They may be subject to ambush in that one lawyer may, for a strategic reason, raise an issue for discussion that was not anticipated. The course of their litigation will be strategized so as to obtain a tactical advantage. They will have no control over the legal fees incurred by the attorneys, as the attorneys are subject to the courts time and workings, often waiting for hours on end to access court services or court time. The court will attempt to assist John and Mary to reach agreements by providing people who will help generate resolution options like Family Relations Officers, Special Masters and judges. Sometimes John and Mary will be included in these discussions, but sometimes they will not be. John and Mary will be limited in terms of their resolution in that they are the subject of court rules and laws that may limit their outcome options. John and Mary may at time feel a loss of control, confusion and frustration and will feel somewhat removed from the process of deciding their lives. Their divorce will take on the personality of the attorney that they hire and they will be left to pay the bill, as will their children.
3. Collaboration- If John and Mary choose the process of collaboration, they will find themselves each hiring their own collaborative attorney who will help guide them through the divorce process in a more humane, and is tailored in a way that will emphasize John's and Mary's goals and will seek to maximize their outcomes so that all members of the family are provided for. Collaborative attorneys have received specialized training in mediation, negotiation and breaking through impasse. These attorneys will assist them in helping them effectively communicate with one other, determining what information they truly need to make important decisions, by helping them understand what is truly important to them and why. With collaboration, John and Mary, with the guidance of their attorneys, will set their own agenda and timetables and can schedule discussion when they want and not on the court's timetable. Their attorneys will educate them as to the settlement options available to them, the effects of those options and they will give John and Mary legal advice as to the most effective option for their family. In the collaborative process, John and Mary will find that the process reflects the two of them and their family rather than the personalities of their attorneys. The attorneys will counsel them and coach them as to the best way to achieve their goals.
Emphasis will be placed on the future, especially in terms of the children and the parties' ability to have a good and supportive working relationship around their parenting. The lawyers will guide John and Mary through the court process so that they are respected, and not run over, by it. The lawyers will work together to insure that the divorce is done in an efficient, economical way, not just in terms of resources and fees, but also in terms of John's and Mary's emotions and time. John and Mary are made the decision-makers up front and they are not merely along for the ride. Care will be taken to see that the process is safe and secure for John and Mary, and allows them, with the help of the counsel, to have a meaningful dialogue about how they wish to separate. Emphasis will be placed on meeting their respective goals and interests as well as those of their children. At the end of the process, the judge, when presented with their agreement by their counsel, will compliment them on the work that they have done and the benefit that they gave their children by reaching a settlement. This is the only time John and Mary will have to be inside a courtroom, so that their experience will be one of smoothness and resolution. John and Mary will have kept control of the cost and the outcome and they will have learned a new way to communicate or interact that will serve their family well in the future, and prevent them from returning to court. They will have made the divorce process work for them and they and their children have not been victimized it.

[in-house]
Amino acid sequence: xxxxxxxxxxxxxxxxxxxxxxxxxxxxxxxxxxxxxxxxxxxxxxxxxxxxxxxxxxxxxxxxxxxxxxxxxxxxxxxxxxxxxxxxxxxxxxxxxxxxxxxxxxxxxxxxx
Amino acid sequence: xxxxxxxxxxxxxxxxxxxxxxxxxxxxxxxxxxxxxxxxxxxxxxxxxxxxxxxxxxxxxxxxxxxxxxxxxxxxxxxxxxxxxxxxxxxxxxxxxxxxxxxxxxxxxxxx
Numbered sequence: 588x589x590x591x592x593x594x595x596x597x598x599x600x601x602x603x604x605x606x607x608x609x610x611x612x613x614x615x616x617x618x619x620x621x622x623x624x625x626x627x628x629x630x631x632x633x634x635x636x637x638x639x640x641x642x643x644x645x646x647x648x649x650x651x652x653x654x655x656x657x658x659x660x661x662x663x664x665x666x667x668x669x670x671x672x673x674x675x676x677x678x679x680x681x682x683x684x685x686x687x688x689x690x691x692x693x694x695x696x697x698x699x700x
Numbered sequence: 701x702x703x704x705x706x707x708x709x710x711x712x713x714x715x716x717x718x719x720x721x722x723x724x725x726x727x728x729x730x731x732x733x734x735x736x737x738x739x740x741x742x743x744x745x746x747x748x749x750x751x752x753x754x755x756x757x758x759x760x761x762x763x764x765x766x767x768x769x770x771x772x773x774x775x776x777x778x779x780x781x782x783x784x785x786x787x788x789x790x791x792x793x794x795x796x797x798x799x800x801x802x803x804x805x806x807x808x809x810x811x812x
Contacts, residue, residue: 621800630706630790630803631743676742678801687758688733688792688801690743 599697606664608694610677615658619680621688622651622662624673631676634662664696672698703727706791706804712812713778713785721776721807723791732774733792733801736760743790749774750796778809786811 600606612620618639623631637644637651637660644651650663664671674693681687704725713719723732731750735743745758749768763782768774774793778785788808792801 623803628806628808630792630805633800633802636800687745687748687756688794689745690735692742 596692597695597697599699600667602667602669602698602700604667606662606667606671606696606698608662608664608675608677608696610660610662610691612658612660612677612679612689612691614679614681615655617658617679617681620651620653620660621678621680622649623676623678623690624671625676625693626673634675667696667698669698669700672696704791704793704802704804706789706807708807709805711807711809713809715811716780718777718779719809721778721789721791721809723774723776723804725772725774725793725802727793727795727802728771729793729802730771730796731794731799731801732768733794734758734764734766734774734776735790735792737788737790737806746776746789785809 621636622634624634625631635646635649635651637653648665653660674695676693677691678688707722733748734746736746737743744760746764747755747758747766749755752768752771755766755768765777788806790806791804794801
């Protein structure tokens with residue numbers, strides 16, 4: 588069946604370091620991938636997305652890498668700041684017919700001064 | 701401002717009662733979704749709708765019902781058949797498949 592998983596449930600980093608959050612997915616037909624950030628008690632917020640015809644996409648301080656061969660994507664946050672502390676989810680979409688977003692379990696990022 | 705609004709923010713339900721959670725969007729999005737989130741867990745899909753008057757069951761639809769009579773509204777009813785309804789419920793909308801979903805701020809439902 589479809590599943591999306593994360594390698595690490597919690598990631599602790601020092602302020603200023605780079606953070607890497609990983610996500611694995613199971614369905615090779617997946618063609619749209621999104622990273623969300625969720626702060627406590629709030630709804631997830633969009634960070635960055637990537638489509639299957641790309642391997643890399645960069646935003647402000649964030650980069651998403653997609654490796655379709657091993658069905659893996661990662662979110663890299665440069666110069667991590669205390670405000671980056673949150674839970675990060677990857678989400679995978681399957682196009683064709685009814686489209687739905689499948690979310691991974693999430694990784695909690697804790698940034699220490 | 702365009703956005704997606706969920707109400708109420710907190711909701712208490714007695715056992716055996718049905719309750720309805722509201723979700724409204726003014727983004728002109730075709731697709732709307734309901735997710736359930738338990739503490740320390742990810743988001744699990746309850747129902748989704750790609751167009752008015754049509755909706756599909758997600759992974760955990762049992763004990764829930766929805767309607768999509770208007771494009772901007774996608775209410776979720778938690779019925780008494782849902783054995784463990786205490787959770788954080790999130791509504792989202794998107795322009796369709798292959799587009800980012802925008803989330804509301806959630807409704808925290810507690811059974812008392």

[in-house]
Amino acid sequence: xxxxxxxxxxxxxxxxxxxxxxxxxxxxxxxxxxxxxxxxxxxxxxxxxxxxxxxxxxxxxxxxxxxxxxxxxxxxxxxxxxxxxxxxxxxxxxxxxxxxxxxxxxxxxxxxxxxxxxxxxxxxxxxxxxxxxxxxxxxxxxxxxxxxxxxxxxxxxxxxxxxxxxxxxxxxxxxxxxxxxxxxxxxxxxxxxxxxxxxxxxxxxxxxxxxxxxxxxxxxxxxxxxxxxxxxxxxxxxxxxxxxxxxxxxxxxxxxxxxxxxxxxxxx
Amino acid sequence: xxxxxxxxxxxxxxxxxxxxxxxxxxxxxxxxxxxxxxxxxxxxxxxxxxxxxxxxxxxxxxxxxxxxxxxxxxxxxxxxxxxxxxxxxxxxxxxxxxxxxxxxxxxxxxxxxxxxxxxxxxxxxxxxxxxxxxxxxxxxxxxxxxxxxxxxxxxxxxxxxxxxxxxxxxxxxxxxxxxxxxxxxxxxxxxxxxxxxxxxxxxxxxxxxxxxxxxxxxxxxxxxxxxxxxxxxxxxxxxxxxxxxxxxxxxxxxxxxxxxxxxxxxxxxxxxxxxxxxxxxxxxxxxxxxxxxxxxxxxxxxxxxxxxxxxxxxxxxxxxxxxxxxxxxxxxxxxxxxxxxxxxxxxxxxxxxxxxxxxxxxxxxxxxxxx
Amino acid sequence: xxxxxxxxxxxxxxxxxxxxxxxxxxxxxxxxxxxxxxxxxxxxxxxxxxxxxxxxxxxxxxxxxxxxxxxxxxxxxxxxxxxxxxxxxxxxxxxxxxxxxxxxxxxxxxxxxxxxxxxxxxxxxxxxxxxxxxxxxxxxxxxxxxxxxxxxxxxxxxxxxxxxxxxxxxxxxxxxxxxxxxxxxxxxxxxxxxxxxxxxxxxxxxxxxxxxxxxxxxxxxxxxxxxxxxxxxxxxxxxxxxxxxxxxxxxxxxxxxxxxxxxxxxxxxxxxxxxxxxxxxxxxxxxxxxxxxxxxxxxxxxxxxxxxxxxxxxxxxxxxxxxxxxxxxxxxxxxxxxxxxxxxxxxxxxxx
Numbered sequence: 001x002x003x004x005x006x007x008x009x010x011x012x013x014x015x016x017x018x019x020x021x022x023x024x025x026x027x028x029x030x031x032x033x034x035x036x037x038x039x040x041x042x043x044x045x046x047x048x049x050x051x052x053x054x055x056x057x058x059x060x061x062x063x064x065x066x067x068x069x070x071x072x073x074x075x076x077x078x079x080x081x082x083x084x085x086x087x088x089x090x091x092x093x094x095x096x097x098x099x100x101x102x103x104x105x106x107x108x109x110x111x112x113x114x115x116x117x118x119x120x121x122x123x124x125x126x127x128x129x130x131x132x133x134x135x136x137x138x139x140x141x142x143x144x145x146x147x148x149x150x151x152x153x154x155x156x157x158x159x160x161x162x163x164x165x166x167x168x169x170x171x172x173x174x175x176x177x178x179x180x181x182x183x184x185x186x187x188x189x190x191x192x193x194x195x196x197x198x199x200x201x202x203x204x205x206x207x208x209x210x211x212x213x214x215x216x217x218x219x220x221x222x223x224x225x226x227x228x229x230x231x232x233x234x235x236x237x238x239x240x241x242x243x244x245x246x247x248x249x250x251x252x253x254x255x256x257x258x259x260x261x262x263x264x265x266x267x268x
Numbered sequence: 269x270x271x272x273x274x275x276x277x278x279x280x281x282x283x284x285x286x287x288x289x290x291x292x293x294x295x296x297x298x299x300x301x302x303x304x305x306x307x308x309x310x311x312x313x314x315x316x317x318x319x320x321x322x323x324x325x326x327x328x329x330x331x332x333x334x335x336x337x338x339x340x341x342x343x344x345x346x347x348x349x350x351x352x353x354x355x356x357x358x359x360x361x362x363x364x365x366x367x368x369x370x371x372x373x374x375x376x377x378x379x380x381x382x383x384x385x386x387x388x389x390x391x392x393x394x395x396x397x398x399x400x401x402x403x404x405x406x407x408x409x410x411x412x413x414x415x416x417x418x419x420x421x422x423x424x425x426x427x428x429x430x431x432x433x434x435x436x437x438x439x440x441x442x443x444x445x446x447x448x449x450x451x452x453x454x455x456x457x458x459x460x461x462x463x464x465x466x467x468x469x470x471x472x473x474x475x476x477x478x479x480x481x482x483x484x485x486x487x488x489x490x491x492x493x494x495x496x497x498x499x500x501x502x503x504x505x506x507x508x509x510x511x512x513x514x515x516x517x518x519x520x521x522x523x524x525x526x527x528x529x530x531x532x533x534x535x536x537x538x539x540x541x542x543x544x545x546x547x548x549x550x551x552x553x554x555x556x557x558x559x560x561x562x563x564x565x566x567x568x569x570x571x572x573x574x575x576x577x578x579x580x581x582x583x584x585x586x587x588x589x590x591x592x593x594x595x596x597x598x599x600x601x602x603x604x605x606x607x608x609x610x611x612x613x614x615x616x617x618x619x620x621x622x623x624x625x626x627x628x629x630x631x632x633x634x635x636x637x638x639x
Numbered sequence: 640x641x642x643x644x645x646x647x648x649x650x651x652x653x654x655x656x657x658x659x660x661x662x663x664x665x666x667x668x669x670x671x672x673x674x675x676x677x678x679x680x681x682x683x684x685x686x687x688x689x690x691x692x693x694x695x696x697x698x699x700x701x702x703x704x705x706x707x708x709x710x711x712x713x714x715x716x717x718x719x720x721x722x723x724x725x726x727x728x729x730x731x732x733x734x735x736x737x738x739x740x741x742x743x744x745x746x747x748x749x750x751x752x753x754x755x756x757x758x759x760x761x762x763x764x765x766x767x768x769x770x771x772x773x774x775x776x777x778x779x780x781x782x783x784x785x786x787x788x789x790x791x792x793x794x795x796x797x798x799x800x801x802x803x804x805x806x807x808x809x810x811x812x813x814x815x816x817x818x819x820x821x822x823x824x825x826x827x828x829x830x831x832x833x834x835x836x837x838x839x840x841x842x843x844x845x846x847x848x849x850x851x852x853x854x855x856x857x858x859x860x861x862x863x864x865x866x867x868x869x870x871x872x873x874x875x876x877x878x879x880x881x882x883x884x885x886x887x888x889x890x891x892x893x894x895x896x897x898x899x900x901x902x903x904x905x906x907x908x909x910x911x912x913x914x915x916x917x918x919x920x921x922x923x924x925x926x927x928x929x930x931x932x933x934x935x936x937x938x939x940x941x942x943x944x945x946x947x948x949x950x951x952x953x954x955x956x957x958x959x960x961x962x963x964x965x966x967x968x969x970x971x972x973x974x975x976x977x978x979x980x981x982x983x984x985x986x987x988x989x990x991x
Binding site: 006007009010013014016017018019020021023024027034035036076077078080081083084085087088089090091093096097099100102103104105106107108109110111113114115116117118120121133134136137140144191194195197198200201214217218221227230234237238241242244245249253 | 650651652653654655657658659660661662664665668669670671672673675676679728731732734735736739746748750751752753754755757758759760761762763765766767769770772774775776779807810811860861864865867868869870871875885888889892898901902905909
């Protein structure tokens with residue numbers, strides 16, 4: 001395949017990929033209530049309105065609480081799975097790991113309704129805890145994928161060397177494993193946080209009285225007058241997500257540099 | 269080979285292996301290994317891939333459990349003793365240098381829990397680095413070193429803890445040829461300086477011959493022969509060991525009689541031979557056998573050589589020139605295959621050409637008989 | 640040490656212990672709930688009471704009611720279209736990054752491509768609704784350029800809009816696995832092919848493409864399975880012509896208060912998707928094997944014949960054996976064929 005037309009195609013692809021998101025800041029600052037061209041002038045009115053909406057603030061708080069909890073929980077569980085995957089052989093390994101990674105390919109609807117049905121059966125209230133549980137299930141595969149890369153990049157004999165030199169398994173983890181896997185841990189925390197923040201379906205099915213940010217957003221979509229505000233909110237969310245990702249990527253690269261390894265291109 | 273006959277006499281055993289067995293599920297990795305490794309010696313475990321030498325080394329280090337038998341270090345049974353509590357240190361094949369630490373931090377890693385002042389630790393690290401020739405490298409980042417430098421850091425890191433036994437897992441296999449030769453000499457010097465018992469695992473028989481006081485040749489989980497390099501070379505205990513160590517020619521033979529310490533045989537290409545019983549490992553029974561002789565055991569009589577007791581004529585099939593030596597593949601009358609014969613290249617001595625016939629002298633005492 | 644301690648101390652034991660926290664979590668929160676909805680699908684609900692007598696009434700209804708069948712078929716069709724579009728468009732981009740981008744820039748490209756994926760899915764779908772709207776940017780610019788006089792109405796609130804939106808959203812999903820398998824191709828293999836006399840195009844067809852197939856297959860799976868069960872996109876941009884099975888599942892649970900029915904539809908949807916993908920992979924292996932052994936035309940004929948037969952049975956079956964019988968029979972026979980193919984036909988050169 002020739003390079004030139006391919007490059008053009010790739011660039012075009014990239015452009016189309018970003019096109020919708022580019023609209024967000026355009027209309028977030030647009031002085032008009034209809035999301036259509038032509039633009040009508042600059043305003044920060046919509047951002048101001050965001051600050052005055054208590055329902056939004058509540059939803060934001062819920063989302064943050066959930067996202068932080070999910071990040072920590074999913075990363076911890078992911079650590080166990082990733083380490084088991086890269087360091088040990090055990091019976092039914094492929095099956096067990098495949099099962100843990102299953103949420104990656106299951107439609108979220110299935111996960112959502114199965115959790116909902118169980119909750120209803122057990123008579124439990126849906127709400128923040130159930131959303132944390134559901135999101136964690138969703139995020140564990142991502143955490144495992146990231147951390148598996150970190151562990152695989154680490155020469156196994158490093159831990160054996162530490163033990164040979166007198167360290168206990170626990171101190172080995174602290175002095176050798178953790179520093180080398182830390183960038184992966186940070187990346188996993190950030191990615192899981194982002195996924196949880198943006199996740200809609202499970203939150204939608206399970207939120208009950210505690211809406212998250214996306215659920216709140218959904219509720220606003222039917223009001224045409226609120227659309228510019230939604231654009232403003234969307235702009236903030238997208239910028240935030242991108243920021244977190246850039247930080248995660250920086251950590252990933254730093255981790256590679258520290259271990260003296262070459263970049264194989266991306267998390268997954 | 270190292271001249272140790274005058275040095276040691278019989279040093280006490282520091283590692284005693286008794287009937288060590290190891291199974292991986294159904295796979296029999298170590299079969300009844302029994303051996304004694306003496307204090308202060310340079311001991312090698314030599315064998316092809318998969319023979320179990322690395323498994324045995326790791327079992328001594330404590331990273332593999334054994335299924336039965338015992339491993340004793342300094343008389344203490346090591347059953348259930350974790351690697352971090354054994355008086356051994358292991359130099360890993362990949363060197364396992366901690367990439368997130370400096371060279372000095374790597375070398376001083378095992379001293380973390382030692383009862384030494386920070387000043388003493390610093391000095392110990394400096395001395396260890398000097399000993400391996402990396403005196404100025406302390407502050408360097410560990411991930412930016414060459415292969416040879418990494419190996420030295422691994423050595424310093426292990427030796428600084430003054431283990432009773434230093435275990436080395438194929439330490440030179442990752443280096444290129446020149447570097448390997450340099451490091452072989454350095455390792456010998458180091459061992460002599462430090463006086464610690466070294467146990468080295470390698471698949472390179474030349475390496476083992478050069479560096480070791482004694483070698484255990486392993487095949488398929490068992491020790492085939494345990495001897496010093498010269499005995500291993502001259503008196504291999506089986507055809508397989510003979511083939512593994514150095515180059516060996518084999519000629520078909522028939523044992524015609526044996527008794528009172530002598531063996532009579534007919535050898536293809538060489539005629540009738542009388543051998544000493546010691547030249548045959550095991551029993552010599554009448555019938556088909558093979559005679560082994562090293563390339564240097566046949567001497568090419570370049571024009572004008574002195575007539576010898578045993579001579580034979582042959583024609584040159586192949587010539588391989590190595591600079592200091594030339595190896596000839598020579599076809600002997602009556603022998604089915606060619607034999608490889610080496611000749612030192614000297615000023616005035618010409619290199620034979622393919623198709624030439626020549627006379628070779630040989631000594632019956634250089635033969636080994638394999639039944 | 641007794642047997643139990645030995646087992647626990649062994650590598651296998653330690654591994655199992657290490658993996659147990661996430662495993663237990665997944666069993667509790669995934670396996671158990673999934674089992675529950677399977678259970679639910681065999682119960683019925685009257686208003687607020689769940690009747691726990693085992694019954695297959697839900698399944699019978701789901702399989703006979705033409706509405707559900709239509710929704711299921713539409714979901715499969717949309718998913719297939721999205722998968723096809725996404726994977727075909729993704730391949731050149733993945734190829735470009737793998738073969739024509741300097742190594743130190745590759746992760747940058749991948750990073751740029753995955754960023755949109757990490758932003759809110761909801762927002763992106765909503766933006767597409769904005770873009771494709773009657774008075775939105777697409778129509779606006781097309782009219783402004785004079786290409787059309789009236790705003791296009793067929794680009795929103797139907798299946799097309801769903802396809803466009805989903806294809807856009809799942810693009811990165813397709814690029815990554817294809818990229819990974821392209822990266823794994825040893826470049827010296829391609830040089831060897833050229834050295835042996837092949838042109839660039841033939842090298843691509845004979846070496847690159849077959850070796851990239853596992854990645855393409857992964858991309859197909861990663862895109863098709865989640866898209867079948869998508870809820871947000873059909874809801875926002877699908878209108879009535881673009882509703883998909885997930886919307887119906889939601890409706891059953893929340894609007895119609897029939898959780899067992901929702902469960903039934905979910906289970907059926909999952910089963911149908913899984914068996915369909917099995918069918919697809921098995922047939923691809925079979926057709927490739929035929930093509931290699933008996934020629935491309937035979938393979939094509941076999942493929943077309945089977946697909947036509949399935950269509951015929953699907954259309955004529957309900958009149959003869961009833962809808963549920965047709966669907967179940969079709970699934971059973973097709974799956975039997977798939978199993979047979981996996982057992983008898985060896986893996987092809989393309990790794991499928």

Choosing the process: For John and Mary, the choice of the process is something that they should talk about with their respective attorneys. Not every person or family is right for every process. In cases of mental health issues, domestic violence, insecurity about follow-through or accountability, a client's interest may be best served by the litigation process. Where people need little support and are capable of articulating their views and negotiating with each other and are desirous to contain costs, mediation may be appropriate. For people who need an advocate, yet still want to maintain control of the process, the costs and the outcome, collaboration may be the right process for them. At Brown, Paindiris & Scott we pride ourselves on exploring each option with our clients and helping them to determine which process will serve their interest best.